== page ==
Pioro and Medhi’s book is very refreshing and gives a comprehensive view of network design. It unifies many important topics on network design that are not found in one place; for example, this book provides the first thorough treatment of multi-layer design. Practitioners will find the book useful due to its development of both models and algorithms that are more applicable to real-world problems. --Dr. Robert D. Doverspike: Bell Labs, Bellcore (now Telcordia), and AT&T Labs – Research, USA The authors successfully bridge the gap between networking technology and system modeling and optimization, providing a comprehensive and authoritative reference on communication and computer network design through mathematical optimization-oriented modeling. It is an essential book for graduate students and academia and industry researchers. --Professor Luigi Fratta, Politecnico di Milano, Italy This book provides an in-depth view of network design problems both from a theoretical and a practical perspective. It will become the reference work in the area of telecommunication network design for the years to come. --Professor André Girard, INRS-EMT, Canada "I heartily recommend this impressive work to all students interested in a career in networking as well as to many experienced planners faced with the current problems of network design and evolution, where they continually seek network design solutions, that optimize cost/benefits. Outside of the telecommunications sector per se the book should also be of great interest to members of the operations research community as it provides them with a current window on the technologies and problems arising in telecommunication and computer network design. This should provide fertile ground for applications of new theoretical developments and guide their research toward practical ends. To sum up, Pioro's and Medhi's book is a must read for a broad audience with basic mathematical skills who are interested in network design, a topic that continues to be of immense and growing importance in our everyday business activities and lives." - IEEE Communications Magazine "This book presents the basic principles and methods for developing optimization models for contemporary communication and computer network design. The book focuses on optimization problems and methods for traffic routing, flow, and resource capacity optimization...practioners, graduate students, and researchers will find the book useful for academic and industrial purposes." -Demetre Voukalis, in ZENTRALBLATT MATH

Table of Contents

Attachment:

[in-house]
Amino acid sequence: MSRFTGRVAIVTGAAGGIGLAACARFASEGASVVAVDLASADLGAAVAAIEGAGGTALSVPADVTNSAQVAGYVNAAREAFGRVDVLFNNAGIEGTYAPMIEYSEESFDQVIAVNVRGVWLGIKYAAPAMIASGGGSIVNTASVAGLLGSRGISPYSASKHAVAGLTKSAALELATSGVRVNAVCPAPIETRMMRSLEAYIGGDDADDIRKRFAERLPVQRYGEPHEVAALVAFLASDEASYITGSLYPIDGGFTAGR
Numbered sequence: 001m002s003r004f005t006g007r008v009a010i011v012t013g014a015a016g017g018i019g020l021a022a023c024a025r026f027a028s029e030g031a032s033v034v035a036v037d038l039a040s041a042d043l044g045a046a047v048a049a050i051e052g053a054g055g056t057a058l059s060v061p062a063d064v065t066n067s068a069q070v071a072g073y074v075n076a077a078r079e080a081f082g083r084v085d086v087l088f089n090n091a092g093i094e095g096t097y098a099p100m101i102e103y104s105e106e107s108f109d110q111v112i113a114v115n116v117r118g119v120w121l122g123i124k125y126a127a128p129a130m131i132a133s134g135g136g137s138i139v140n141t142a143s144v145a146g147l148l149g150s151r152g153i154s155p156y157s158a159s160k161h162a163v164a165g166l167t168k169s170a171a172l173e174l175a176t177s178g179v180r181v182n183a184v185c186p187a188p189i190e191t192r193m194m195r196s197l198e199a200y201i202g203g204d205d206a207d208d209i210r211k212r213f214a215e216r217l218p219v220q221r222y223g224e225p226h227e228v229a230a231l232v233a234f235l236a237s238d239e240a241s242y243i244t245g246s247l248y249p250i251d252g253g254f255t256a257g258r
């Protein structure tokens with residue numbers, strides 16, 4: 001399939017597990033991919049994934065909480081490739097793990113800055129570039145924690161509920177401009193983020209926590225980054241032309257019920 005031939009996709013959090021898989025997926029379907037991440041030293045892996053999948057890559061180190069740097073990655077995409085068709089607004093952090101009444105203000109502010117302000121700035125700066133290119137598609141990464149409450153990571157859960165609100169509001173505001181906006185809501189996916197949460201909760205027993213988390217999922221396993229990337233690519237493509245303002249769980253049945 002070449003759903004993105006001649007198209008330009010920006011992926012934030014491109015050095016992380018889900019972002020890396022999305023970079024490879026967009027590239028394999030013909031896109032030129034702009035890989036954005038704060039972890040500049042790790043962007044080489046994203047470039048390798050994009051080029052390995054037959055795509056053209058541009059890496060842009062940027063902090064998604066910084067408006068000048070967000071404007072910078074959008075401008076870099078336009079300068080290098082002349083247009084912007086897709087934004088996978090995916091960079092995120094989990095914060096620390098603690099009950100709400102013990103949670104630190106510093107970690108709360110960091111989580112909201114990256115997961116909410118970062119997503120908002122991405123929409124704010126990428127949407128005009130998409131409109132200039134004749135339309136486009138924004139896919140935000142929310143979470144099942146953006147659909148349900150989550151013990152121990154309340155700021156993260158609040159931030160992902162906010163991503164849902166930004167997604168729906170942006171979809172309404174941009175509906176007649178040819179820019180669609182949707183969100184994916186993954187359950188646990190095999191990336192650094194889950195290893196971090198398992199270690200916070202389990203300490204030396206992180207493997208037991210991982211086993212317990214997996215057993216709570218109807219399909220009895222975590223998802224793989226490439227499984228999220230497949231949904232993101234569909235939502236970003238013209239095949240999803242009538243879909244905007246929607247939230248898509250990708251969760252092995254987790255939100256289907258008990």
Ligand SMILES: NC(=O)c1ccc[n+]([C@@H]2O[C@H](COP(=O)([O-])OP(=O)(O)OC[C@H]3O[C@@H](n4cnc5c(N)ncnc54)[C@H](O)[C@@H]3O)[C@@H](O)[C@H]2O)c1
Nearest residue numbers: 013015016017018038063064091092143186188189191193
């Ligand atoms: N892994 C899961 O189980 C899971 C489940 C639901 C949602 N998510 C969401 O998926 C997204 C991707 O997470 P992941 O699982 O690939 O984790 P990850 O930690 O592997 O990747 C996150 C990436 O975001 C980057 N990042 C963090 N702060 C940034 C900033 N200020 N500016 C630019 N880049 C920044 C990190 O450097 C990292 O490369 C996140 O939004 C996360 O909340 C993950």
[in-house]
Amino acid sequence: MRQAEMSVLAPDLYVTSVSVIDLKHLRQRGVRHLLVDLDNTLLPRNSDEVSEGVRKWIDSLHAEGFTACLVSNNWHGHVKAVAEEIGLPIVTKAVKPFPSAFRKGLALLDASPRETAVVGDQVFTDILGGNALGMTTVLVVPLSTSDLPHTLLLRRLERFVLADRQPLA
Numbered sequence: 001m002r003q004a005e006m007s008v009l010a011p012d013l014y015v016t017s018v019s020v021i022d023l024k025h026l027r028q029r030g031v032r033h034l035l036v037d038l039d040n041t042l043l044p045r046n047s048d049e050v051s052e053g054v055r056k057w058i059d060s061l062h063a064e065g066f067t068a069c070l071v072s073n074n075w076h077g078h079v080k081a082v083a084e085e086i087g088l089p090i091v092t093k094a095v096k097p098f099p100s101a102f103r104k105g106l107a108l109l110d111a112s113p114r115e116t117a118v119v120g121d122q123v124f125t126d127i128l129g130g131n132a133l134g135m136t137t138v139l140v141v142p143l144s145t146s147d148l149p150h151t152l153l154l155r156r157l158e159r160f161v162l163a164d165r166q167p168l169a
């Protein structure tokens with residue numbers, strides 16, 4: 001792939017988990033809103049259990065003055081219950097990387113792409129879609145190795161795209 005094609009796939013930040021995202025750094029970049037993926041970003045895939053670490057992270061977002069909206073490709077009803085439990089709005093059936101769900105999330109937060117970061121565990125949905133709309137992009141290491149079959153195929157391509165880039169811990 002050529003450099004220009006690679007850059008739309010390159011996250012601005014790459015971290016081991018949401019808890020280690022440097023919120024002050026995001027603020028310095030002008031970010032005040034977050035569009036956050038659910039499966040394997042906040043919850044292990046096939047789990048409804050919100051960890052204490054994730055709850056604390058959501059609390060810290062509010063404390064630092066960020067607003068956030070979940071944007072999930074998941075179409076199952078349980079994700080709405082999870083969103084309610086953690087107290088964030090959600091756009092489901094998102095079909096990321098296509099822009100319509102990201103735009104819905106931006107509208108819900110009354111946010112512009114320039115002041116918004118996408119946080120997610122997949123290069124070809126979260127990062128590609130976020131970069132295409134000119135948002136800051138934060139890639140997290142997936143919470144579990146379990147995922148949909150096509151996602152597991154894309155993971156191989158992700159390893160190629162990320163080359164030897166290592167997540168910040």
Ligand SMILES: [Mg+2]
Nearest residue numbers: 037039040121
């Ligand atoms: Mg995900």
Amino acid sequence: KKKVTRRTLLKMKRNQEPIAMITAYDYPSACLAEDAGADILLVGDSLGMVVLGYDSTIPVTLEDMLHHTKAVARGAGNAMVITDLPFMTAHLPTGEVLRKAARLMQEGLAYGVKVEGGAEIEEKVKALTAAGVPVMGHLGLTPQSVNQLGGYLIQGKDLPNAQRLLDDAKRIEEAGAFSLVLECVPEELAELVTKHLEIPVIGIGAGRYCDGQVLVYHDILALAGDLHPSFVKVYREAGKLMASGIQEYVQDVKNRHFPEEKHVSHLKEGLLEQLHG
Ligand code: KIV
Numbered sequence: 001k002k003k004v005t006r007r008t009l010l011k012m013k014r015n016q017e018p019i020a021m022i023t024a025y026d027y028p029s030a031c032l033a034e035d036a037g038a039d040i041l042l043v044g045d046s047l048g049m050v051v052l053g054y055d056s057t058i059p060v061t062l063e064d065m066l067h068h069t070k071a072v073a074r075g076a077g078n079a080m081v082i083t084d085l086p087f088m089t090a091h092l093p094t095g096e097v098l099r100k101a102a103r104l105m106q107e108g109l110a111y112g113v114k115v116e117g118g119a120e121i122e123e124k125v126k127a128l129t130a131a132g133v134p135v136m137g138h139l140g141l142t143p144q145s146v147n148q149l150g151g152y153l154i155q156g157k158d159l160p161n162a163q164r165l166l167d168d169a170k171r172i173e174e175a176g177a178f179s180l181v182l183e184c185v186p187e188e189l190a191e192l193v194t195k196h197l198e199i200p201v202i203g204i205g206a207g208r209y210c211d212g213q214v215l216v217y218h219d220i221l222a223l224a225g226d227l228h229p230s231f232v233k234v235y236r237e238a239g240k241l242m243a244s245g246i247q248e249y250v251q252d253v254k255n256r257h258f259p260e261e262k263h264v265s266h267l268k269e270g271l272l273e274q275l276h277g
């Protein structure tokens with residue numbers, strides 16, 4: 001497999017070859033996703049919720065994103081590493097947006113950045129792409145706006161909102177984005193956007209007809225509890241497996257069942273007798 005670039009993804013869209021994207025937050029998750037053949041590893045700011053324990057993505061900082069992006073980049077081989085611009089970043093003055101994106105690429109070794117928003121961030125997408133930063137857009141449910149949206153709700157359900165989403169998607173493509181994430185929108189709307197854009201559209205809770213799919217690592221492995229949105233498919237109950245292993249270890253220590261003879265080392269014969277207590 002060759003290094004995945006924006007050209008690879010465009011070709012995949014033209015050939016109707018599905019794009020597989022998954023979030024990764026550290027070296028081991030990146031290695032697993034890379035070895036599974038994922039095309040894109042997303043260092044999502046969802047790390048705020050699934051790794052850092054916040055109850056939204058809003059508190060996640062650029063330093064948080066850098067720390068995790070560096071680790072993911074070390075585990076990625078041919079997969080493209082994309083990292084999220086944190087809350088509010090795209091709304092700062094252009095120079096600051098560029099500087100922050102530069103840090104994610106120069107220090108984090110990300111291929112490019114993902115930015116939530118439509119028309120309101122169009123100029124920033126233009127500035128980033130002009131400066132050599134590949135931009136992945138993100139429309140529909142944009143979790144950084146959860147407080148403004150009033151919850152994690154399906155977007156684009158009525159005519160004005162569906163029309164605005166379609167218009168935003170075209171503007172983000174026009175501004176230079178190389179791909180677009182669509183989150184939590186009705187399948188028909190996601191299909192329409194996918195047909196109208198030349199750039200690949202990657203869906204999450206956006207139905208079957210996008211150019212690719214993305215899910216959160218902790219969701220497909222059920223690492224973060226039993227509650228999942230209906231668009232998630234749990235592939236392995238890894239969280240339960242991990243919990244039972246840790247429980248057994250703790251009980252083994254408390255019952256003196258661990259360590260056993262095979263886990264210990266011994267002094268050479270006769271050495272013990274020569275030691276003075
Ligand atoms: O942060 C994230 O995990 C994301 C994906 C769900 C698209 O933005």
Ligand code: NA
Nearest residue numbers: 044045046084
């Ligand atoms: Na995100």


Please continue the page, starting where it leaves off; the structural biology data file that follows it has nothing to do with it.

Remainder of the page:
ForewordPrefacePART I - INTRODUCTORY NETWORK DESIGNChapter 1 - Overview1.1 A Network Analogy1.2 Communication and Computer Networks, and Network Providers1.3 Notion of Traffic and Traffic Demand1.4 A Simple Design Example1.5 Notion of Routing and Flows1.6 Architecture of Networks: Multi-Layer Networks1.7 Network Management Cycle1.8 Scope of the Book1.9 Naming and Numbering Convention1.10 SummaryChapter 2 - Network Design Problems—Notation and Illustrations2.1 A Network Flow Example in Link-Path Formulation 2.2 Node-Link Formulation 2.3 Notions and Notations2.4 Dimensioning Problems2.5 Shortest-Path Routing2.6 Fair Networks2.7 Topological Design2.8 Restoration Design2.9 *Multi-Layer Networks Modeling2.10 SummaryExercises for Chapter 2Chapter 3 - Technology-Related Modeling Examples3.1 IP Networks: Intra-Domain Traffic Engineering3.2 MPLS Networks: Tunneling Optimization3.3 ATM Networks: Virtual Path Design3.4 Digital Circuit-Switched Telephone Networks: Single–Busy Hour and Multi–Busy Hour Network Dimensioning3.5 SONET/SDH Transport Networks: Capacity and Protection Design3.6 SONET/SDH Rings: Ring Bandwidth Design3.7 WDM Networks: Restoration Design with Optical Cross-Connects3.8 IP Over SONET: Combined Two-Layer Design3.9 Summary and Further ReadingExercises for Chapter 3 PART II - DESIGN MODELING AND METHODS Chapter 4 - Network Design Problem Modeling4.1 Basic Uncapacitated and Capacitated Design Problems4.2 Routing Restrictions4.3 Non-Linear Link Dimensioning, Cost, and Delay Functions4.4 Budget Constraint4.5 Incremental NDPs4.6 Extensions of Problem Modeling4.7 Summary and Further ReadingExercises for Chapter 4Chapter 5 - General Optimization Methods for Network Design5.1 Linear Programming5.2 Mixed-Integer Programming5.3 Stochastic Heuristic Methods5.4 LP Decomposition Methods5.5 Gradient Minimization and Other Approaches for Convex Programming Problems5.6 Special Heuristics for Concave Programming Problems5.7 Solving Multi-Commodity Flow Problems5.8 Summary and Further ReadingExercises for Chapter 5Chapter 6 - Location and Topological Design6.1 Node Location Problem6.2 Joint Node Location and Link Connectivity Problem6.3 Topological Design6.4 Lower Bounds for Branch-and-Bound6.5 Summary and Further ReadingExercises for Chapter 6Chapter 7 - Networks With Shortest-Path Routing7.1 Shortest-Path Routing Allocation Problem7.2 MIP Formulation of the Shortest-Path Routing Allocation Problem and Dual Problems7.3 Heuristic Direct Methods for Determining the Link Metric System7.4 Two-Phase Solution Approach7.5 Impact Due to Stochastic Approaches7.6 Impact of Different Link Weight System7.7 Impact on Different Performance Measures7.8 Uncapacitated Shortest-Path Routing Problem 7.9 Optimization of the Link Metric System under Transient Failures7.10 *NP-Completeness of the Shortest-Path Routing Allocation Problem7.11 *Selfish Routing and its Relation to Optimal Routing7.12 Summary and Further ReadingExercises for Chapter 7Chapter 8 - Fair Networks8.1 Notions of Fairness8.2 Design Problems for Max-Min Fairness (MMF)8.3 Design Problems for Proportional Fairness (PF)8.4 Summary and Further ReadingExercises for Chapter 8PART III - ADVANCED MODELSChapter 9 - Restoration and Protection Design of Resilient Networks9.1 Failure States, Protection/Restoration Mechanisms, and Diversity9.2 Link Capacity Protection/Restoration9.3 Demand Flow Re-Establishment9.4 Extensions9.5 Protection Problems9.6 Applicability of the Protection/Restoration Design Models9.7 Summary and Further ReadingExercises for Chapter 9Chapter 10 - Application of Optimization Techniques for Protection and Restoration Design10.1 Path Generation10.2 Lagrangian Relaxation (LR) With Subgradient Maximization10.3 Benders’ Decomposition10.4 Modular Links10.5 Stochastic Heuristic Methods10.6 *Selected Application: Wavelength Assignment Problem in WDM Networks10.7 Summary and Further ReadingExercises for Chapter 10Chapter 11 - Multi-Hour and Multi–Time-Period Network Modeling and Design11.1 Multi-Hour Design11.2 Multi-Period Design11.3 Summary and Further ReadingExercises for Chapter 11Chapter 12 - Multi-Layer Networks: Modeling and Design12.1 Design of Multi-Layer Networks12.2 Modeling of Multi-Layer Networks for Restoration Design12.3 Multi-Layer Design With Multi-Hour Traffic12.4 Application of Decomposition Methods for Two-Layer Design12.5 Numerical Results12.6 Cost Comparison12.7 Grooming/Multiplex Bundling12.8 Summary and Further ReadingExercises for Chapter 12Chapter 13 - Restoration Design of Single- and Multi-Layer Fair Networks13.1 Restoration Design of Single-Layer PF Networks13.2 Decomposition Methods for the Single-Layer Restoration Problems13.3 Design of Resilient Two-Layer PF Networks13.4 Extensions13.5 Summary and Further ReadingExercises for Chapter 13APPENDICESAppendix A - Optimization Theory RefresherA.1 Basic NotionsA.2 Karush-Kuhn-Tucker (KKT) Optimality ConditionsA.3 Interpretation of the Lagrange Multipliers in the KKT ConditionsA.4 Numerical Methods for Finding Minima of Differentiable ProblemsA.5 DualityA.6 Duality for Convex ProgramsA.7 Duality for Convex Objective and Linear ConstraintsA.8 Subgradient Maximization of the Dual FunctionA.9 Subgradient Maximization of the Dual Function of Linear Programming ProblemsAppendix B - Introduction to Complexity Theory and NP-CompletenessB.1 IntroductionB.2 Complexity of a ProblemB.3 Deterministic and Non-Deterministic MachinesB.4 The Classes of Problems Known as P and NPB.5 Reducibility Relation between ProblemsB.6 The Class of NP-Complete ProblemsB.7 The Satisfiability Problem and Cook’s TheoremB.8 Network Flow ProblemsB.9 Final RemarksAppendix C - Shortest-Path AlgorithmsC.1 Introduction and Basic NotionsC.2 Basic Shortest-Path ProblemC.3 K-Shortest Paths and All Optimal PathsC.4 Shortest Sets of Disjoint PathsAppendix D - Using LP/MIP PackagesD.1 Solving Linear Programming Problems using Maple, Matlab, and CPLEXD.2 Solving (Mixed) Integer Programming Problems Using CPLEXD.3 Modeling Using AMPLD.4 Final RemarkList of AcronymsSolutions to Selected ExercisesBibliographyIndex